Joseph T. Collins
Reaching a maximum size of 2.5 inches, the Arkansas Darter is a stout-bodied member of the perch family. They are olivaceous brown above and yellowish white below with six to nine indistinct dusky saddles over the back. During spawning, males are a colorful orange along their lower abdomen.
Arkansas Darters prefer shallow, clear, spring-fed tributary and headwater streams having sand or sandy-gravel substrates. The fish are almost invariably associated with vegetative cover in spring-fed channels and generally are found in near-shore areas away from swift currents. Because of its specialized habitat requirements, this darter is localized within its range but may be quite common where it does occur.
Viable populations of Arkansas Darters are currently known only in suitable streams south of the Arkansas River in southcentral Kansas and in Spring River drainage in Cherokee County. The darter’s range extends into eastern Colorado, southwestern Missouri, northeastern Arkansas and northcentral Oklahoma where local populations occur. Kansas constitutes the Arkansas Darter’s primary range.
Arkansas Darters are protected by the Kansas Nongame and Endangered Species Conservation Act and administrative regulations applicable thereto. Any time an eligible project is proposed that will impact the species’ preferred habitats within its probable range, the project sponsor must contact the Ecological Services Section, Kansas Department of Wildlife Parks and Tourism, 512 SE 25th Ave., Pratt, Kansas 67124-8174. Department personnel can then advise the project sponsor on permit requirements.DESIGNATED CRITICAL HABITATS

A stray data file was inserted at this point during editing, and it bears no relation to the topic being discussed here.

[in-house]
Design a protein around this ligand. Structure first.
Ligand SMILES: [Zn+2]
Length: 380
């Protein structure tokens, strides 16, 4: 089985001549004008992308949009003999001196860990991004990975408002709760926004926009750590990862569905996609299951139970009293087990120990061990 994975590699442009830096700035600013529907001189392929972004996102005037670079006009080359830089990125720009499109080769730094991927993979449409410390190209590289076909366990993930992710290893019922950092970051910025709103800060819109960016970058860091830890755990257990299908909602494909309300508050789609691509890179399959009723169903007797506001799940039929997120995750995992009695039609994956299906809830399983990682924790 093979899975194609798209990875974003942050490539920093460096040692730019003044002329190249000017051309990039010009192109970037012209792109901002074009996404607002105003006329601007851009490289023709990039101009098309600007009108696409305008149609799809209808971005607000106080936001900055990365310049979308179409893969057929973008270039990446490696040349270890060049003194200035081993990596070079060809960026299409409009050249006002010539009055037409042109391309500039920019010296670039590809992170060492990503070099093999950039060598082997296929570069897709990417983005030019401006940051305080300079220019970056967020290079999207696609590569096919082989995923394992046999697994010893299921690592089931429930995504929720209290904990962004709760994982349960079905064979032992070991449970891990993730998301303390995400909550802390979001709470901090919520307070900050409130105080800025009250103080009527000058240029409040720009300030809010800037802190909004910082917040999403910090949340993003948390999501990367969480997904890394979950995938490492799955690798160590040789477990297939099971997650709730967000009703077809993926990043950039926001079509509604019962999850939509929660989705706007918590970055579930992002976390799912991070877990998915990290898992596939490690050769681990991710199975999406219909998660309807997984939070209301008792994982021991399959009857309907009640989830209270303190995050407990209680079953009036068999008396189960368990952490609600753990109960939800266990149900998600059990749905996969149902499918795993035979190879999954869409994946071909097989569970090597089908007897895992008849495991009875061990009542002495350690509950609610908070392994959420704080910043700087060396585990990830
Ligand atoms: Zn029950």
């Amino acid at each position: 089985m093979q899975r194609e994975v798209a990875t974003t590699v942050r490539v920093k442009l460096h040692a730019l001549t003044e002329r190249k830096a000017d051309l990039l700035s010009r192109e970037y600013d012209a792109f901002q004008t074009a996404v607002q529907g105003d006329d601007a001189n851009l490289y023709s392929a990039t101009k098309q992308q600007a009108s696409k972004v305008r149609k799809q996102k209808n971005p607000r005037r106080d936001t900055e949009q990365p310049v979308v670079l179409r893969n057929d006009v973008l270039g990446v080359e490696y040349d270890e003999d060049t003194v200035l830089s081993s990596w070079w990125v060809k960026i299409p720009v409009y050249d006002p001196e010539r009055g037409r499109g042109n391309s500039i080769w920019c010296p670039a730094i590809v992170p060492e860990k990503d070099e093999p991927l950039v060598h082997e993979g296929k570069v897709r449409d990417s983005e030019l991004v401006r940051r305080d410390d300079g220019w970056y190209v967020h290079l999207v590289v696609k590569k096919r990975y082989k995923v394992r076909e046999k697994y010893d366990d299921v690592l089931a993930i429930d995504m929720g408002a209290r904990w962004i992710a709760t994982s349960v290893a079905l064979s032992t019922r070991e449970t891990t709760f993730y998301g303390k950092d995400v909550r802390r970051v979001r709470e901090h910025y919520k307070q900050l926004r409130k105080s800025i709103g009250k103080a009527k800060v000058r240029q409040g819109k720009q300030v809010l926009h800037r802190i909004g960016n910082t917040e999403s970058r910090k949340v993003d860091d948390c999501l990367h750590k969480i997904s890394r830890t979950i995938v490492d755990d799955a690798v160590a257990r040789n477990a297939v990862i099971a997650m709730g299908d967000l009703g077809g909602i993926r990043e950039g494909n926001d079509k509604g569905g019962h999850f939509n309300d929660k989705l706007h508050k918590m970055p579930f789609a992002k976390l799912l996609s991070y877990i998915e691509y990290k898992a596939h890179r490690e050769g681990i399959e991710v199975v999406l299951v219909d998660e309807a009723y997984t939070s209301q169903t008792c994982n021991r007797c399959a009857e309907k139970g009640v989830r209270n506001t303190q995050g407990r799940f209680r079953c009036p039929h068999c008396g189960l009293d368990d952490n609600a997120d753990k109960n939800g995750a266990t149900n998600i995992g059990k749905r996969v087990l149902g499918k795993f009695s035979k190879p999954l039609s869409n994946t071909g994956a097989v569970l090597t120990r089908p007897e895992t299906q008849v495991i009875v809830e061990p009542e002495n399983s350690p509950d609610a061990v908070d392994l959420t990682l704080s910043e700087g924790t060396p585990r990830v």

As defined by Kansas Administrative Regulations, critical habitats include those areas documented as currently supporting self-sustaining population(s) of any threatened or endangered species of wildlife as well as those areas determined by the Kansas Department of Wildlife, Parks and Tourism to be essential for the conservation of any threatened or endangered species of wildlife. Currently, the following areas are designated critical for Arkansas Darter:
(1) The main stem of the North Fork Ninnescah River on the Stafford/Reno County line (Sec. 31-T24S-R10W) to its confluence with South Fork Ninnescah River in Sedgwick County (Sec. 36-T28S-R4W).
(2) The main stem of the South Fork Ninnescah River on the Sedgwick/Kingman County line (Sec. 19-T28S-R4W) to the confluence with the North Fork Ninnescah River (Sec. 36-T28S-R4W) in Sedgwick County.
(3) That reach of the main stem Spring River from the Kansas-Missouri border (Sec. 1-T33S-R25E) to where it crosses SE Lostine Road (Sec. 3-T34S-R25E).
(4) Numerous perennial spring-fed reaches of named and unnamed streams south of the Arkansas River within Barber, Clark, Comanche, Cowley, Harper, Kingman, Kiowa, Meade, Pratt, Reno, Rice, Sedgwick, Seward and Stafford counties. Contact the Department’s Environmental Services Section for further information.